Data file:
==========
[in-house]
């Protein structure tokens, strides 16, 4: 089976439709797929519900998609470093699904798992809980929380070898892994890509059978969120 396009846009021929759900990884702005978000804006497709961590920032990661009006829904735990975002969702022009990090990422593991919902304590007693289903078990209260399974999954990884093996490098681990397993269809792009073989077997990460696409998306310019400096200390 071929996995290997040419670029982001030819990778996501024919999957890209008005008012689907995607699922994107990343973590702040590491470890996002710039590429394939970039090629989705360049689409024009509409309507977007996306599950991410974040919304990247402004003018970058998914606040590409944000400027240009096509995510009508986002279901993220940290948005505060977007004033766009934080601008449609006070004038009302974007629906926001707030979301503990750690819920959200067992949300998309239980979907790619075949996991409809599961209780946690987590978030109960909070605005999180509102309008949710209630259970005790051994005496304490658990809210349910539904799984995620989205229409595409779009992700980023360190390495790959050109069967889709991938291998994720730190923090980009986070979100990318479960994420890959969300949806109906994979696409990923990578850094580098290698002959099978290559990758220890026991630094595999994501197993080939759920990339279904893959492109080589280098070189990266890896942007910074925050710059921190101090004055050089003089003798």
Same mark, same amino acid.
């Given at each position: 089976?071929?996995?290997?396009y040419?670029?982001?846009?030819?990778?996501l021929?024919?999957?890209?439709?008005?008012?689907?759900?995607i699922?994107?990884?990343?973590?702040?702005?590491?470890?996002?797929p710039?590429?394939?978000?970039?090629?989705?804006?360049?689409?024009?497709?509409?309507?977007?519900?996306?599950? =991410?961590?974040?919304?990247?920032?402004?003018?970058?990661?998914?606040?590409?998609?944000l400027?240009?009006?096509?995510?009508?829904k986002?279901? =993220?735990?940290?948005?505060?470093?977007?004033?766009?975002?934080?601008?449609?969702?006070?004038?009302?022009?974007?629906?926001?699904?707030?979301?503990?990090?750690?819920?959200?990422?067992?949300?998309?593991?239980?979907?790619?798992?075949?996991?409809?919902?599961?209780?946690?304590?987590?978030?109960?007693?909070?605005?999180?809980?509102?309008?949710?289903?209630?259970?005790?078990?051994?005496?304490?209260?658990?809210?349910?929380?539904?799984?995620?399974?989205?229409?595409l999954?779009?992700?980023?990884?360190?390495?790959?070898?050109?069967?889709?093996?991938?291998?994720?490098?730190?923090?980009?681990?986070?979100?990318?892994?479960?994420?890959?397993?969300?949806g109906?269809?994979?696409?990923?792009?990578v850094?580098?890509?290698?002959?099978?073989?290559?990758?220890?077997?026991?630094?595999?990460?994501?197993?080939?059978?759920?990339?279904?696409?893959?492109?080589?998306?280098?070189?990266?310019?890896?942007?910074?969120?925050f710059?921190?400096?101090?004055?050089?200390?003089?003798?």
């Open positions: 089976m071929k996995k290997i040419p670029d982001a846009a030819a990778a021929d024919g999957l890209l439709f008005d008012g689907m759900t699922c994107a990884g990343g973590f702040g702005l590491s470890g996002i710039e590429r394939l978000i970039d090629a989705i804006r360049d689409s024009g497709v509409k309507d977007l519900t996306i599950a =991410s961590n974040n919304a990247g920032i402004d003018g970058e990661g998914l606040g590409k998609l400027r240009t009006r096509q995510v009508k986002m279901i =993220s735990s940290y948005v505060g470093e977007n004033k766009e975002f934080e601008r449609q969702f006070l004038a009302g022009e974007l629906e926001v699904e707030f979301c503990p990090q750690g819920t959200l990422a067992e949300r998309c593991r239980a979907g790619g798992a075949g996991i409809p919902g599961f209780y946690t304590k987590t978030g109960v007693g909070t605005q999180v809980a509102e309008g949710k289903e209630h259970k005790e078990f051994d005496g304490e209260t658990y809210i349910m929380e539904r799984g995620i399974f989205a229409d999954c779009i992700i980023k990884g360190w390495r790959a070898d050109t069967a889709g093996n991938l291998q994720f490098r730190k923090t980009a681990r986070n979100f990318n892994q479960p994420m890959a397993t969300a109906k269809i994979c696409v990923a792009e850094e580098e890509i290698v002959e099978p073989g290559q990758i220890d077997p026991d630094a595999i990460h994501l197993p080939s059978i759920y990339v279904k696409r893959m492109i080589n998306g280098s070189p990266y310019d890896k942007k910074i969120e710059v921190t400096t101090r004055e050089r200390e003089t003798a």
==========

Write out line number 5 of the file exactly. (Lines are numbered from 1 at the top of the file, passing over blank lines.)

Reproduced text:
């Open positions: 089976m071929k996995k290997i040419p670029d982001a846009a030819a990778a021929d024919g999957l890209l439709f008005d008012g689907m759900t699922c994107a990884g990343g973590f702040g702005l590491s470890g996002i710039e590429r394939l978000i970039d090629a989705i804006r360049d689409s024009g497709v509409k309507d977007l519900t996306i599950a =991410s961590n974040n919304a990247g920032i402004d003018g970058e990661g998914l606040g590409k998609l400027r240009t009006r096509q995510v009508k986002m279901i =993220s735990s940290y948005v505060g470093e977007n004033k766009e975002f934080e601008r449609q969702f006070l004038a009302g022009e974007l629906e926001v699904e707030f979301c503990p990090q750690g819920t959200l990422a067992e949300r998309c593991r239980a979907g790619g798992a075949g996991i409809p919902g599961f209780y946690t304590k987590t978030g109960v007693g909070t605005q999180v809980a509102e309008g949710k289903e209630h259970k005790e078990f051994d005496g304490e209260t658990y809210i349910m929380e539904r799984g995620i399974f989205a229409d999954c779009i992700i980023k990884g360190w390495r790959a070898d050109t069967a889709g093996n991938l291998q994720f490098r730190k923090t980009a681990r986070n979100f990318n892994q479960p994420m890959a397993t969300a109906k269809i994979c696409v990923a792009e850094e580098e890509i290698v002959e099978p073989g290559q990758i220890d077997p026991d630094a595999i990460h994501l197993p080939s059978i759920y990339v279904k696409r893959m492109i080589n998306g280098s070189p990266y310019d890896k942007k910074i969120e710059v921190t400096t101090r004055e050089r200390e003089t003798a």